261 of Texas’ 598 yards came on four plays, including two 90-plus burners. Three of Swoopes' scores came after the game was in hand. Even with Haines’ interception, and other short fields coming via muffed punts and fumble recovery, the offense was mostly inefficient against one of the worst defenses in FBS play.

The defense showed multiple lapses, in basic assignment football, allowing themselves to be blocked by inferior athletes. Texas was in a position to put the Jayhawks away early, but Kansas was able to score to end the first quarter – a first in three games – by screen-passing or running directly at the Horn’s front seven.

Kansas kept itself in scoring position in the second quarter, but had a touchdown overturned and missed a field goal on the last possession of the half. The Horns were actually fortunate not to be tied at the half, even with the breaks.

Without an iota of exaggeration, this should have been a sound 70-0 blowout.

Prediction for West Virginia:

Coming in as an eight-point favorite, West Virginia’s spread is efficient and nuanced – long scoring droughts are not a problem the Mountaineers worry about. In a must-win, the Horns are looking bowl eligibility in the face, and staring it down. If the defense cannot get somewhat consistent stops, it will be another road loss for Strong’s record.

But, I have faith – or at least faith in the power of fear of missing out on a bowl, which should take the effort up a notch or two. Texas wins a nailbiter, 35-31.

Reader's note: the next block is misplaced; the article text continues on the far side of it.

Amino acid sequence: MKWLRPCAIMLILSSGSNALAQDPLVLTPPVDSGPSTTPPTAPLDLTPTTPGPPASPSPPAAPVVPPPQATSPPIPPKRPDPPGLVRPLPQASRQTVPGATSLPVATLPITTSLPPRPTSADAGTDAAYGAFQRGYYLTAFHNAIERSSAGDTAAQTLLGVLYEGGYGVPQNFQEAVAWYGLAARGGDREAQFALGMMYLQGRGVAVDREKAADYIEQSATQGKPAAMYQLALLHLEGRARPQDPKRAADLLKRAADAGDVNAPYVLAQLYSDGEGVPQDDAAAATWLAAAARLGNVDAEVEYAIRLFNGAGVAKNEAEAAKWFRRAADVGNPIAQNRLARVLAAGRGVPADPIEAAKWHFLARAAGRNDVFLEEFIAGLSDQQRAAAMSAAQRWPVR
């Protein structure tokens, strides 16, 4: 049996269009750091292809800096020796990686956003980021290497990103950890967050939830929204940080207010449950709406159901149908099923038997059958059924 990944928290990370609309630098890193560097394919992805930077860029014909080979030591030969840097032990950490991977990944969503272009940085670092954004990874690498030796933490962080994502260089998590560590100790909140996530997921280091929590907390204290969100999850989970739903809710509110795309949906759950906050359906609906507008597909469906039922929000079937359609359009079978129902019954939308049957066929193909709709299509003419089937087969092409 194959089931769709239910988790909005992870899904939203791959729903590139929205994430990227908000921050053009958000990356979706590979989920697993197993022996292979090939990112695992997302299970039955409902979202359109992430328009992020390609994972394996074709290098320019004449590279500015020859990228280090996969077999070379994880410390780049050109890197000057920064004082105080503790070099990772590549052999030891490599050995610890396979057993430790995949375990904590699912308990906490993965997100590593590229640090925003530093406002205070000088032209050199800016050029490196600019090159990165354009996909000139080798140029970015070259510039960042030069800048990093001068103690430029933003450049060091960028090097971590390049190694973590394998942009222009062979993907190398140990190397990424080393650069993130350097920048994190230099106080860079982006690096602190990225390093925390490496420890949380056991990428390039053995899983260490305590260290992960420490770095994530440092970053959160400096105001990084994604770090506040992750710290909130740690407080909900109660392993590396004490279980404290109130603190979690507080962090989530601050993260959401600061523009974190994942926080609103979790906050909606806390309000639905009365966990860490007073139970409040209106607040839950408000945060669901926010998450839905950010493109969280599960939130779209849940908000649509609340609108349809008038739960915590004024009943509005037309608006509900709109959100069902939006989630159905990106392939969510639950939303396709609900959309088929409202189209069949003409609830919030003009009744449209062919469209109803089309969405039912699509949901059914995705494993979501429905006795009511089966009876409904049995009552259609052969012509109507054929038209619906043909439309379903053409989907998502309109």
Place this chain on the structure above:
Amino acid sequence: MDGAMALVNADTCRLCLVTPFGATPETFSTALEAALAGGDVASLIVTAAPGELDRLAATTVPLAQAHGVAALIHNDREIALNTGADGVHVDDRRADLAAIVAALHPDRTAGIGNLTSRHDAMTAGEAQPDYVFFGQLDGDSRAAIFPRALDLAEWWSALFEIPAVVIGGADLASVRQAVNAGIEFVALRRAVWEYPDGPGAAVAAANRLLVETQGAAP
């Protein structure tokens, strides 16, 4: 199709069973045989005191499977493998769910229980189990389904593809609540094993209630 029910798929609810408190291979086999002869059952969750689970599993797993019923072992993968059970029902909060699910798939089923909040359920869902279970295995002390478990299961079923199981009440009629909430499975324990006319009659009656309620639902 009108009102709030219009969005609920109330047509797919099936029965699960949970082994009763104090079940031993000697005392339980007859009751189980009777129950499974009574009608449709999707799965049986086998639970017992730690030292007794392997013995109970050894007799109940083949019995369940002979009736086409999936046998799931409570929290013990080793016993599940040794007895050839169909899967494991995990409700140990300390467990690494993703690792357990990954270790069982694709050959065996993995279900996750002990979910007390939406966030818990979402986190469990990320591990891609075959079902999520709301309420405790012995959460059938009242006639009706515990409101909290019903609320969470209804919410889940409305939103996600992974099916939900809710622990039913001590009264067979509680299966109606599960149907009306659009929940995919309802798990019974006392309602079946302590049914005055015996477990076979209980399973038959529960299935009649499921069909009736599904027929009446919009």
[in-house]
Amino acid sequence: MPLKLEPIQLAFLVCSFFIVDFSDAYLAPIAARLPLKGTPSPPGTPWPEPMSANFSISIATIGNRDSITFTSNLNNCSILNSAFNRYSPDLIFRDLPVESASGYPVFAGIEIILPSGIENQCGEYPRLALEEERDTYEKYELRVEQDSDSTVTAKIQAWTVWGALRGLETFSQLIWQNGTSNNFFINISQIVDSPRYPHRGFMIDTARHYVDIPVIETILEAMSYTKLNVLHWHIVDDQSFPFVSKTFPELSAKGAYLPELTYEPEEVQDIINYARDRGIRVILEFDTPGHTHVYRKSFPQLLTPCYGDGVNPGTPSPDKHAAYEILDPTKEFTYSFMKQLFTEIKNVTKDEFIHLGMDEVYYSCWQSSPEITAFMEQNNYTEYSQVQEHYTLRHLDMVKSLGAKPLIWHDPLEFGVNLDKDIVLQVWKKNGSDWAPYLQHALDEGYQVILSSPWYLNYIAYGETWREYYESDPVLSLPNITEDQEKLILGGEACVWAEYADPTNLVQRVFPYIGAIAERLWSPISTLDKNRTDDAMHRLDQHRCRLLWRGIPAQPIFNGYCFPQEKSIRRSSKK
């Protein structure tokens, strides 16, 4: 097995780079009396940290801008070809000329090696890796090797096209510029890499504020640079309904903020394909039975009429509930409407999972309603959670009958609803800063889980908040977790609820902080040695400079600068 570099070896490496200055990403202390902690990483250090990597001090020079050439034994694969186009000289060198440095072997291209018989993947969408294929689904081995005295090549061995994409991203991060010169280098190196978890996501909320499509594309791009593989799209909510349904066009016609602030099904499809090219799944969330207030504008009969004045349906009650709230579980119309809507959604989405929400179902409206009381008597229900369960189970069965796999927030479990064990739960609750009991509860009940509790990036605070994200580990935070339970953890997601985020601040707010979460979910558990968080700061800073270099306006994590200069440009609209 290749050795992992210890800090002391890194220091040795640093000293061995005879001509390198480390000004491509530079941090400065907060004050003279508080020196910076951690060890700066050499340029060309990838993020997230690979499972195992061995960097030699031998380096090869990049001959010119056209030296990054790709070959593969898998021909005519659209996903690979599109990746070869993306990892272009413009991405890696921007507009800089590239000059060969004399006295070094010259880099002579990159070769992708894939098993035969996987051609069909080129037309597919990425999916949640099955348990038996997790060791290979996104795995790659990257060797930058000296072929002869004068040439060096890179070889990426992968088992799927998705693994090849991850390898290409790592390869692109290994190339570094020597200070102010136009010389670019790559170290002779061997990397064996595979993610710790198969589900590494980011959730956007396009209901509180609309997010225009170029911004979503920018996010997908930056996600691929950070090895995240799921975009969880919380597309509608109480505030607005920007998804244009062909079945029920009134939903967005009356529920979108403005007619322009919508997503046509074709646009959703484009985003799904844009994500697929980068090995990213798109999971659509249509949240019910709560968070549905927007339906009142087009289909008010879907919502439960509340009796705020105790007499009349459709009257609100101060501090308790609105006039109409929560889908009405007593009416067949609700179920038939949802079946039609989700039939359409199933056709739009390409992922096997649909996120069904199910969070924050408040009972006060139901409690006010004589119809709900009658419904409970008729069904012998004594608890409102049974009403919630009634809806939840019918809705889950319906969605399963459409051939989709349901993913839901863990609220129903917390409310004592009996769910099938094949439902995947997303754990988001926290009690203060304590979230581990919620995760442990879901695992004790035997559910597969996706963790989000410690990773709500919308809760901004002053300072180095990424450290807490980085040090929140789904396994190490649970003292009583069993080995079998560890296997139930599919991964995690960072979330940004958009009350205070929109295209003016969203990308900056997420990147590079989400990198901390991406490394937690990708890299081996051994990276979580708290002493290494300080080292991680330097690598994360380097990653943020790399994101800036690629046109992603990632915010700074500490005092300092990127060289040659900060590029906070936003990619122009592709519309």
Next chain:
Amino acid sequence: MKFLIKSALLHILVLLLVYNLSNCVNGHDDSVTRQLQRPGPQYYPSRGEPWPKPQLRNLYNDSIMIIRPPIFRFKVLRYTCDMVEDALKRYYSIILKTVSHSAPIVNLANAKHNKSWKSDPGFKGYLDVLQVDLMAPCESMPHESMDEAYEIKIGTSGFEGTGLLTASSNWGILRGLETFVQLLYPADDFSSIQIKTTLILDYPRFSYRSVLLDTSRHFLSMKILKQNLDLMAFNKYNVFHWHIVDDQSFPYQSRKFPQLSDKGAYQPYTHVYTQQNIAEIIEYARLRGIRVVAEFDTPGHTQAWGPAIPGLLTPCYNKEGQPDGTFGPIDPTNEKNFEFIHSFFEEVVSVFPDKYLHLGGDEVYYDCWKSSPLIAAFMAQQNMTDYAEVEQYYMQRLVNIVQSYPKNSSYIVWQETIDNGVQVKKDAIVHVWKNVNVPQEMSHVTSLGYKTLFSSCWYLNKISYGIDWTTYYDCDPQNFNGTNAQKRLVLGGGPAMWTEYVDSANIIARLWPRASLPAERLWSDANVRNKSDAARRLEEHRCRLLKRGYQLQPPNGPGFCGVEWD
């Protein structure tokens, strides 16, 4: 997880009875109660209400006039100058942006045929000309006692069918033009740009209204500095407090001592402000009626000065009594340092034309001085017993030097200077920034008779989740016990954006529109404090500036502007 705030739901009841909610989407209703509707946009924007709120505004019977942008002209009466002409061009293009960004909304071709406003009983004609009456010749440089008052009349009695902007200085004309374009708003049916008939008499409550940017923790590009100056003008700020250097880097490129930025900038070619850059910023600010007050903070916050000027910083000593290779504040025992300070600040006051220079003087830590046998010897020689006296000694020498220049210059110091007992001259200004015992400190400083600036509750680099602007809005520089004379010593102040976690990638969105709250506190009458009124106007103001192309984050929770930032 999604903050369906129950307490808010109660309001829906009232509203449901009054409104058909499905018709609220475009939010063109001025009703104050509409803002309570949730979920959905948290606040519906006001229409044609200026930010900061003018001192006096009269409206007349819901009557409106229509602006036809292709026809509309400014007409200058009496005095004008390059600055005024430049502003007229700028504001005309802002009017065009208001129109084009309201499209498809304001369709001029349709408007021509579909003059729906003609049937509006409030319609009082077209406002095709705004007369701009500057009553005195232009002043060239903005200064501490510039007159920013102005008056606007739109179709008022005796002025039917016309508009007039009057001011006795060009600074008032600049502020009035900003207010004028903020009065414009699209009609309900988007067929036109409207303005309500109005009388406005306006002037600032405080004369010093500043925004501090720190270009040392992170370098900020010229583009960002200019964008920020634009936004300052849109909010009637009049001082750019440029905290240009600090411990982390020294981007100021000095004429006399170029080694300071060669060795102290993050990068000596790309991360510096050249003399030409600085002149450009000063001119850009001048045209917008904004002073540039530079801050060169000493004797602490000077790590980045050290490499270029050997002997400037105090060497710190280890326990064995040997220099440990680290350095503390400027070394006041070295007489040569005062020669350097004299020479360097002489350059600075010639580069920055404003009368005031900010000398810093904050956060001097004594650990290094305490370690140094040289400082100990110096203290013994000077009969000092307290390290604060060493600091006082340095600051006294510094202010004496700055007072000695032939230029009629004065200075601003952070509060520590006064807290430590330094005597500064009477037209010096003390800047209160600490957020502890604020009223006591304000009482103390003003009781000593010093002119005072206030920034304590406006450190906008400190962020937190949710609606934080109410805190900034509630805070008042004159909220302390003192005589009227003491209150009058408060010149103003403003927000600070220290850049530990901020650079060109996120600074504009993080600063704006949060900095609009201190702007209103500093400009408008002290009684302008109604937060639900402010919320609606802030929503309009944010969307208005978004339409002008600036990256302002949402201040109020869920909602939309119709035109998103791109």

Quick Note (Okay, Not So Quick):

The Missouri Problem

In important non-Texas news, University of Missouri President Timothy Wolfe and Chancellor R. Bowen Loftin resigned on Monday, Nov. 9. Wolfe is leaving immediately, while Loftin stays on Sepp Blatter-style until the end of the year.

Both leave amid protests, boycotts, and one student’s hunger strike. Even Missouri’s governor, Jay Nixon, issued a terse statement regarding the protests, admini-shading the university, which of course hired the two administrators, and remains on the hook.

Make no mistake, even after months of valiant effort by both students and faculty, the university surely chose to act for two major reasons. (Wolfe and Loftin certainly did not leave willingly – their “resignations” merely saving what’s left of their pitiful faces, and buying the university time.)

The situation became overwhelming – and exponentially untenable – when the Tiger football team’s black players announced they would not play until Wolfe resigned. Head coach Gary Pinkel took a definitive stand alongside his players, upping the ante considerably.